How to Choose a Canoe Paddle

How to Choose a Canoe Paddle
Now that you have your canoe picked out, you might think choosing a canoe paddle will be easy. But picking one off the rack for an all day tour could be a bad choice. You may end up with a T-grip for a whitewater paddler and wish you had a more natural grip to fit in your hand for all-day use. Or if you're looking to hit the rapids with a durable paddle, you could end up with a lightweight version ideal for a leisurely canoe trip. You need to consider your activity on the water, as well as your height and experience on a canoe.


Difficulty: Moderately Easy

Things You’ll Need:
  • Measuring tape Canoe or bench
  • Measuring tape
  • Canoe or bench
Step 1
Determine the correct length of your paddle. Sit or kneel on the floor and recreate your canoeing position. Your seat should be about 6 inches off the floor. Turn the paddle upside down and keep the grip toward the floor. The canoe blade should rest almost even to your nose.
Step 2
Consider the width of your canoe. If you prefer canoeing in a wider canoe, a longer paddle can help reach the water without straining. Short paddles require more stretching to navigate through the water.
Step 3
Sit down to recreate your canoeing position and gauge the weight of your canoe paddle. Pretend to paddle and determine your comfort level with the paddle. A lightweight paddle requires less effort. A lightweight paddle for a leisurely canoe ride around a calm lake is ideal. Whitewater rafting requires a strong paddle for powerful waves and rapids.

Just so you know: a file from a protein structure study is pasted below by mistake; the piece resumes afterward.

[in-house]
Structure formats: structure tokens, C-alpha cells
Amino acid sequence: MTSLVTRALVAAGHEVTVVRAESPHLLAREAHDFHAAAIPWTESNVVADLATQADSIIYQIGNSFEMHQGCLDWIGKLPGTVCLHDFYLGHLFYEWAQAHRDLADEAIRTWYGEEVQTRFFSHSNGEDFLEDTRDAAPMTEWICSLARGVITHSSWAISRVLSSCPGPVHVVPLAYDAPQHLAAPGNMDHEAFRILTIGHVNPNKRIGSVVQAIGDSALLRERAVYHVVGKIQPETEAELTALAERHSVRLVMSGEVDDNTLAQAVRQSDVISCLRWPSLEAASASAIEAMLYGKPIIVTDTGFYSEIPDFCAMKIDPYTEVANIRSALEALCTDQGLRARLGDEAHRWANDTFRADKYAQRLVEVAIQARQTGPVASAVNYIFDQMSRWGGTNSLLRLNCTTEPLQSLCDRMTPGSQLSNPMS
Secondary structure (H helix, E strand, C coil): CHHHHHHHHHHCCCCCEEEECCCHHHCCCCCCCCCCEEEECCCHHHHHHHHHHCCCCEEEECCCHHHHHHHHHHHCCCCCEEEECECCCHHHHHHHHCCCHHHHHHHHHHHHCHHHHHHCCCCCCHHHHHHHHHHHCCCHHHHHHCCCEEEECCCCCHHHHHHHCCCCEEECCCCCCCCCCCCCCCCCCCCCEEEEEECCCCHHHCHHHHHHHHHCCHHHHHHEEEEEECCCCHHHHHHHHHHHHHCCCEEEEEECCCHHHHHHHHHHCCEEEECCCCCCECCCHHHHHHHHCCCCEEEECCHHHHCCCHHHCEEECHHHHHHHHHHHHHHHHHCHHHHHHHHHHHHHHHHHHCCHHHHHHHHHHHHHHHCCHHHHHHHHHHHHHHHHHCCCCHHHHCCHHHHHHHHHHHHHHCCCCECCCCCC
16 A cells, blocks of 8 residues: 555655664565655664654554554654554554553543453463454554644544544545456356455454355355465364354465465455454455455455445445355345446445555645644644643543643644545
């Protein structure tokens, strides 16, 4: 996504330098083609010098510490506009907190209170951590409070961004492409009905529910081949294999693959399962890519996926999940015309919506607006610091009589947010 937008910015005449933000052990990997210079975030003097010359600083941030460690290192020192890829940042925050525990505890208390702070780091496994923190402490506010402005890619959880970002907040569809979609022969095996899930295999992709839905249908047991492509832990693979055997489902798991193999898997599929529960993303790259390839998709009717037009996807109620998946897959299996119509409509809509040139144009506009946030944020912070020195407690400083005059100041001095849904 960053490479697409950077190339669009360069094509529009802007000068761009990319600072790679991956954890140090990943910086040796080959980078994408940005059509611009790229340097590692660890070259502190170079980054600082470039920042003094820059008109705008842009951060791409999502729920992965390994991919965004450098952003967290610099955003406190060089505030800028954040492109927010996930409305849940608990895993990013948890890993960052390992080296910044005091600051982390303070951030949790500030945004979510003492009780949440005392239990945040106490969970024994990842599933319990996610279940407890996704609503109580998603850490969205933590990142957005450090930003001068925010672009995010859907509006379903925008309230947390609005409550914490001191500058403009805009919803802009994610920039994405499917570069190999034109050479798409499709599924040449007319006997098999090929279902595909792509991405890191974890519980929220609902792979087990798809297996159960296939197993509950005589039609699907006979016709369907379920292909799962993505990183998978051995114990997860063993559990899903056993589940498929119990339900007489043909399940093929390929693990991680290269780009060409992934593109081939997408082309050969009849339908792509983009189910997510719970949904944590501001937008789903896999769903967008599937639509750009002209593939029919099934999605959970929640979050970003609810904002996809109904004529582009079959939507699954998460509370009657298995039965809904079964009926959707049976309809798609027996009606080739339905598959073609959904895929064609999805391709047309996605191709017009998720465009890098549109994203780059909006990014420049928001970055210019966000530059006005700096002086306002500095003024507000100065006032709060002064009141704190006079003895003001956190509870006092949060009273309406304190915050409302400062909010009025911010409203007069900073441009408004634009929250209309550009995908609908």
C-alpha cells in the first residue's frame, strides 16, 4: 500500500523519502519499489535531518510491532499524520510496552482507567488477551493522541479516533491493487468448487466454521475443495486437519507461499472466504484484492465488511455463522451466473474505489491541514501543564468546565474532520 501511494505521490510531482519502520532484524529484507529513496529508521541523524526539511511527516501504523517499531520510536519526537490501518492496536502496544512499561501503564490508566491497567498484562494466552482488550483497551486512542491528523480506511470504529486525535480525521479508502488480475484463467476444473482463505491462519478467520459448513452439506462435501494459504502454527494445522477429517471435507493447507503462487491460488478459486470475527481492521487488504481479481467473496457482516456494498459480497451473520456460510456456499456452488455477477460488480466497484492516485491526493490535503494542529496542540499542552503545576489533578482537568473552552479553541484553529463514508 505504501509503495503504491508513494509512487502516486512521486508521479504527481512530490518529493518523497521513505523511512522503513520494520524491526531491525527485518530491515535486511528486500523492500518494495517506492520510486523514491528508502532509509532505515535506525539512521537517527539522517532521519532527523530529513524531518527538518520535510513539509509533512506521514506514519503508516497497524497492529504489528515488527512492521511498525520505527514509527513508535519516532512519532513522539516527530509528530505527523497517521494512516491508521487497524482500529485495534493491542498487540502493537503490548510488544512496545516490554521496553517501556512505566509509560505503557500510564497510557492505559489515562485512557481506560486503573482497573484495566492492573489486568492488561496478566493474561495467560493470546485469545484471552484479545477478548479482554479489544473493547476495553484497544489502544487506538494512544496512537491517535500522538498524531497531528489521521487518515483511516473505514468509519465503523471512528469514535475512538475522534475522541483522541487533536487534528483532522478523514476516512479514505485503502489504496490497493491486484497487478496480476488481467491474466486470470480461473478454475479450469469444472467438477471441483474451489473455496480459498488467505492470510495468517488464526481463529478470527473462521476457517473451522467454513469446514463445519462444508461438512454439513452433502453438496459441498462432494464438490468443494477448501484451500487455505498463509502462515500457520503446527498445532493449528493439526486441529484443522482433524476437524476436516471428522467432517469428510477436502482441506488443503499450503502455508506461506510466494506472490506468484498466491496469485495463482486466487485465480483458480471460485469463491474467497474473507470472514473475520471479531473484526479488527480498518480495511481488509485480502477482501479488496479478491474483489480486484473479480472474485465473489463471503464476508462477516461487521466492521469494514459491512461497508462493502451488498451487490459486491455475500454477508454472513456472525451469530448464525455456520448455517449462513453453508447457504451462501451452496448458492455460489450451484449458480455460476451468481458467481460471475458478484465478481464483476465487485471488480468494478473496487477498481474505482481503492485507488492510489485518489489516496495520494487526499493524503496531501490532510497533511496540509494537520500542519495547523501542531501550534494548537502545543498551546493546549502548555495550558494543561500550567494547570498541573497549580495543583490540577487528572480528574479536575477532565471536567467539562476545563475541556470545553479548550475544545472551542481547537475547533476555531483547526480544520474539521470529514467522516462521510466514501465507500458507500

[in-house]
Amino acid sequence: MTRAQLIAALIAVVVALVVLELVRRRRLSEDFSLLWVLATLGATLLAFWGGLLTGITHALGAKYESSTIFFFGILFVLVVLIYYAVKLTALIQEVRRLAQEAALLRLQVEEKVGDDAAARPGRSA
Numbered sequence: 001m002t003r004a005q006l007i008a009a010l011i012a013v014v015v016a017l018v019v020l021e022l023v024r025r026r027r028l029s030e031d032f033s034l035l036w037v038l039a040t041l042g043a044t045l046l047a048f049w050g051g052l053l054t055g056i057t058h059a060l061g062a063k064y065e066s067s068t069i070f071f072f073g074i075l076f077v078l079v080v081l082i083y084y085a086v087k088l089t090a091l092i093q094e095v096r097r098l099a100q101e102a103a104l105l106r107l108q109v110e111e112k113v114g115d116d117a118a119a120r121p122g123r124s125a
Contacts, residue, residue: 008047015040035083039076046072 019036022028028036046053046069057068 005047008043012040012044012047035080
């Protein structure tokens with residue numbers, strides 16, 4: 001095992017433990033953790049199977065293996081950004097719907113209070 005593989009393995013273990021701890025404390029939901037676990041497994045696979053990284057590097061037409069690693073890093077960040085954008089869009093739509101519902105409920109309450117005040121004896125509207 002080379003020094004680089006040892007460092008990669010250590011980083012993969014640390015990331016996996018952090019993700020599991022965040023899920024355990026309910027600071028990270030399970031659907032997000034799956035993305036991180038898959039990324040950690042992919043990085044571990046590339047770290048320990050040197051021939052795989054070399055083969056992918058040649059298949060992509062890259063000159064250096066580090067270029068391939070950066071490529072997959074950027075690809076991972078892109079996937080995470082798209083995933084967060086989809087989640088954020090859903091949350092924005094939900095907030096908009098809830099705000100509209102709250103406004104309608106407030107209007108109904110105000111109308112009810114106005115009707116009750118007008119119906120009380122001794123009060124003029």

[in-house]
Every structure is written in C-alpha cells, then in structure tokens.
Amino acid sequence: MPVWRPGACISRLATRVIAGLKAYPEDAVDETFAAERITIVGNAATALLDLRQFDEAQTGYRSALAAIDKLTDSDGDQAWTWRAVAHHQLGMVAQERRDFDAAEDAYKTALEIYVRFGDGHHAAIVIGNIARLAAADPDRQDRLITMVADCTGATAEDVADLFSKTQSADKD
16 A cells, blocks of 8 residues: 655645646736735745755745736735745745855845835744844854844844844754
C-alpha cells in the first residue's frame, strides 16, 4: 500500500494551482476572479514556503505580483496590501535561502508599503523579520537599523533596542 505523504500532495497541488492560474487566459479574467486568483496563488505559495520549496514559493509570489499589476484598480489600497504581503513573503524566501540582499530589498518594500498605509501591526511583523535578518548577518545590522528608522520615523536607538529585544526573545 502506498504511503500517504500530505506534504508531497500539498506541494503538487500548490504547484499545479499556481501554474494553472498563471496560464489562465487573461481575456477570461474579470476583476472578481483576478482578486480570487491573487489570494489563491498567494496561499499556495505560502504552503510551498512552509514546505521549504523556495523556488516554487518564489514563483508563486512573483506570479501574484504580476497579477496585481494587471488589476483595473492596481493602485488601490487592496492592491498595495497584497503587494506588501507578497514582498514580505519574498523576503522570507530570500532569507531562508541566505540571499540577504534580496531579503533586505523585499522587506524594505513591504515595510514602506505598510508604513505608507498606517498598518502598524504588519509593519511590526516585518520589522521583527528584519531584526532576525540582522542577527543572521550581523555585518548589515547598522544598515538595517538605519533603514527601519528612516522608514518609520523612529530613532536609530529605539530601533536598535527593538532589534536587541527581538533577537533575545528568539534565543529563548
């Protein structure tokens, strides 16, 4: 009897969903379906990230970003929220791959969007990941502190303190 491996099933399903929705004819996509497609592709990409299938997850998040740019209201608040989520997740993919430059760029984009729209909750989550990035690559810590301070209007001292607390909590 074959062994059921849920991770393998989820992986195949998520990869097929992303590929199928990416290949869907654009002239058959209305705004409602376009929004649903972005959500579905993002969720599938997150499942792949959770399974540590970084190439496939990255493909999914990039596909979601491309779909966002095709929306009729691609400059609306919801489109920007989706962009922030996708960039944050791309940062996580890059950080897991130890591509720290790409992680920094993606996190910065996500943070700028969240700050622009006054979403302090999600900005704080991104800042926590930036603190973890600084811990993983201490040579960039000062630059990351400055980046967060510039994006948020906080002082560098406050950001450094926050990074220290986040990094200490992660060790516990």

Step 4
Choose your canoe paddle material. Wood absorbs shock and tends to keep warm but may require varnishing. Hardwoods and laminates are more durable than softwood canoe paddles. Fiberglass is lightweight, durable, and maintenance free with flex and versatility for calm to competitive canoeing conditions. Aluminum and polyethylene paddles are usually inexpensive, heavier, durable and good for beginners.
Step 5
Choose a large blade for quick paddling through the water. Smaller and narrower blades require less energy to paddle and are a good choice for long-distance canoeing. Beginners should stick to rounded blades instead of square-tipped, which can throw a canoeist off balance.
Step 6
Consider the grip of your paddle. A flatwater paddler should look at a natural grip that fits into your palm. Whitewater paddlers typically use T-grip for more control on the water.
Step 7
Choose the length of your canoe shaft. Pick a straight shaft for easy maneuverability for leisure and whitewater canoeing. A long-distance paddler may want a bent shaft for efficiency on day trips and tours.

Tips & Warnings

Rent some paddles at your local canoeing retailer before purchasing.
Children should use paddles designed especially for children.

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